Reject a true null hypothesis  Considered a serious type of error The probability of Type I Error is E  Called level of significance of the test  Set by researcher in advance
11

Errors in Making Decisions(continued) 
Type II Error 
Fail to reject a false null hypothesis The probability of Type II Error is

12

Outcomes and Probabilities
Possible Hypothesis Test Outcomes State of Nature Decision Key: Outcome (Probability) Do Not Reject H0 Reject H0 H0 True No error (1 - E ) Type I Error ( E) H0 False Type II Error ( ) No Error (1- )

13

Type I & II Error Relationship 
Type I and Type II errors can not happen at the same time 


Type I error can only occur if H0 is true Type II error can only occur if H0 is false If Type I error probability ( E ) Type II error probability ( )
14

, then

Factors Affecting Type II Error 
All else equal, 
when the difference between hypothesized parameter and its true value 

 

when E when when n
15

Critical Value Approach to Testing 
Convert sample statistic (e.g.: ) to test x statistic ( Z or t statistic )  Determine the critical value(s) for a specified level of significance E from a table or computer  If the test statistic falls in the rejection region, reject H0 ; otherwise do not reject H0
16

Lower Tail Tests
The cutoff value, -z or x , is called a critical value H 0: HA: •3 <3

E

Reject H0

-z x

Do not reject H0

0

x E !  zE

n
17

Upper Tail Tests
The cutoff value,

H 0: HA:

”3 >3

z or x, is called a critical value

E

Do not reject H0

0

z x

Reject H0

x E !  zE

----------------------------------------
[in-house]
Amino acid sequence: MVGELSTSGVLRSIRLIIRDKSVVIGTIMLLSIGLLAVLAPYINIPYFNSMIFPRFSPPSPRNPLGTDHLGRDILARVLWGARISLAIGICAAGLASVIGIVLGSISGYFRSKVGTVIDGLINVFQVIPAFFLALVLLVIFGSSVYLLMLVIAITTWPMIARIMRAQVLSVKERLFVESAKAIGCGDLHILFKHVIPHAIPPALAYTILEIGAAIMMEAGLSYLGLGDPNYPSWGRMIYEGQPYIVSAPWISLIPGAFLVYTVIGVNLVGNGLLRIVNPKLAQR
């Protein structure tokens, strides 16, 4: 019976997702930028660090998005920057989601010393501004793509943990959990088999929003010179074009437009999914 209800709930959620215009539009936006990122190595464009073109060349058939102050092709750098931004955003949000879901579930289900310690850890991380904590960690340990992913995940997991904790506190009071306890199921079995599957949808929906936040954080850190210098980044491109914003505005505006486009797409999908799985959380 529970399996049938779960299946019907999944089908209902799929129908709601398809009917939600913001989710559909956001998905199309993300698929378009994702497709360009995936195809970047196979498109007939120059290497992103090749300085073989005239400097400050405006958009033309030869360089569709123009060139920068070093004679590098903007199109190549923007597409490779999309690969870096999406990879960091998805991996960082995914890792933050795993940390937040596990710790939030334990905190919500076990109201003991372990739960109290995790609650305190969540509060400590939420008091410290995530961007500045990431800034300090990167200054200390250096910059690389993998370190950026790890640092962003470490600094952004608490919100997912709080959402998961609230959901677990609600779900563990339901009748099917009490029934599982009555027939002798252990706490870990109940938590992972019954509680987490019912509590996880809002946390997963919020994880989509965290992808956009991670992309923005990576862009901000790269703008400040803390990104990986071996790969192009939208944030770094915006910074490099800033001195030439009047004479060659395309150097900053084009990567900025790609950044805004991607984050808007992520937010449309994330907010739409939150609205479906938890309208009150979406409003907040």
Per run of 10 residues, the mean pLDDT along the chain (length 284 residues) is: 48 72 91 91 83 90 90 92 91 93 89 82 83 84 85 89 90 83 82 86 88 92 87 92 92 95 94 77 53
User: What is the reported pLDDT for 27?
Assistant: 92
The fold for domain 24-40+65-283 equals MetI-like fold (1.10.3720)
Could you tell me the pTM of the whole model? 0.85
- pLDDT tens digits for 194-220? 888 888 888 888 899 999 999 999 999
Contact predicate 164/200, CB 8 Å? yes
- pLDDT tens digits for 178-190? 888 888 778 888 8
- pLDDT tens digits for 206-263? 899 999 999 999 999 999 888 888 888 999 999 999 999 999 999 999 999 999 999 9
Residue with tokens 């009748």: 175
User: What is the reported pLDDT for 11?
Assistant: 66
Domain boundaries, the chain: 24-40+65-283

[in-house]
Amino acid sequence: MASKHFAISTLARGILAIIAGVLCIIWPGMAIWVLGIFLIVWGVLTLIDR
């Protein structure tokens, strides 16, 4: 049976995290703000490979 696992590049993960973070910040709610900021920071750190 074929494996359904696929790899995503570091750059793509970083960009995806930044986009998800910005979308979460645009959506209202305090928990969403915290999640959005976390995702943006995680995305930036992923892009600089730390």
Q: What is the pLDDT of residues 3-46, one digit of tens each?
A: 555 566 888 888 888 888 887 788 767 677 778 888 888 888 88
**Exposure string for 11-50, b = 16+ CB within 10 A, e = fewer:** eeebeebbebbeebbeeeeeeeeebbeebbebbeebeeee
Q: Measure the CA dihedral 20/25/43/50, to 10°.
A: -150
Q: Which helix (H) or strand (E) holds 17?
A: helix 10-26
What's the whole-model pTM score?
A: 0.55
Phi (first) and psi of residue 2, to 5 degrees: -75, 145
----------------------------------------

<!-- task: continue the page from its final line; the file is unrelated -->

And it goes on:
n

18

Two Tailed Tests
There are two cutoff values (critical values):

H 0: HA:

=3 {3

± or z /2 x x
/2 Lower

E/2

E/2

Reject H0

/2 Upper

-z x

Do not reject H0
/2 /2

0
0

z x

Reject H0
/2 /2

Lower

Upper

x E/2 ! s z E/2

n

19

Critical Value Approach to Testing 
Convert sample statistic ( ( Z or t statistic ) ) to a test statistic x
Hypothesis Tests for Q W Known W Unknown

Large Samples

Small Samples
20

Calculating the Test Statistic
Hypothesis Tests for W Known The test statistic is: W Unknown

z !

x n

Large Samples

Small Samples

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Calculating the Test Statistic (continued)
Hypothesis Tests for Q W Known The test statistic is:
But is sometimes approximated using a z:

W Unknown

t n1

x ! s n

z !

x n

Large Samples

Small Samples

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Calculating the Test Statistic (continued)
Hypothesis Tests for Q W Known The test statistic is: W Unknown

t n1

x ! s n

Large Samples
(The population must be approximately normal)

Small Samples

23

Review: Steps in Hypothesis Testing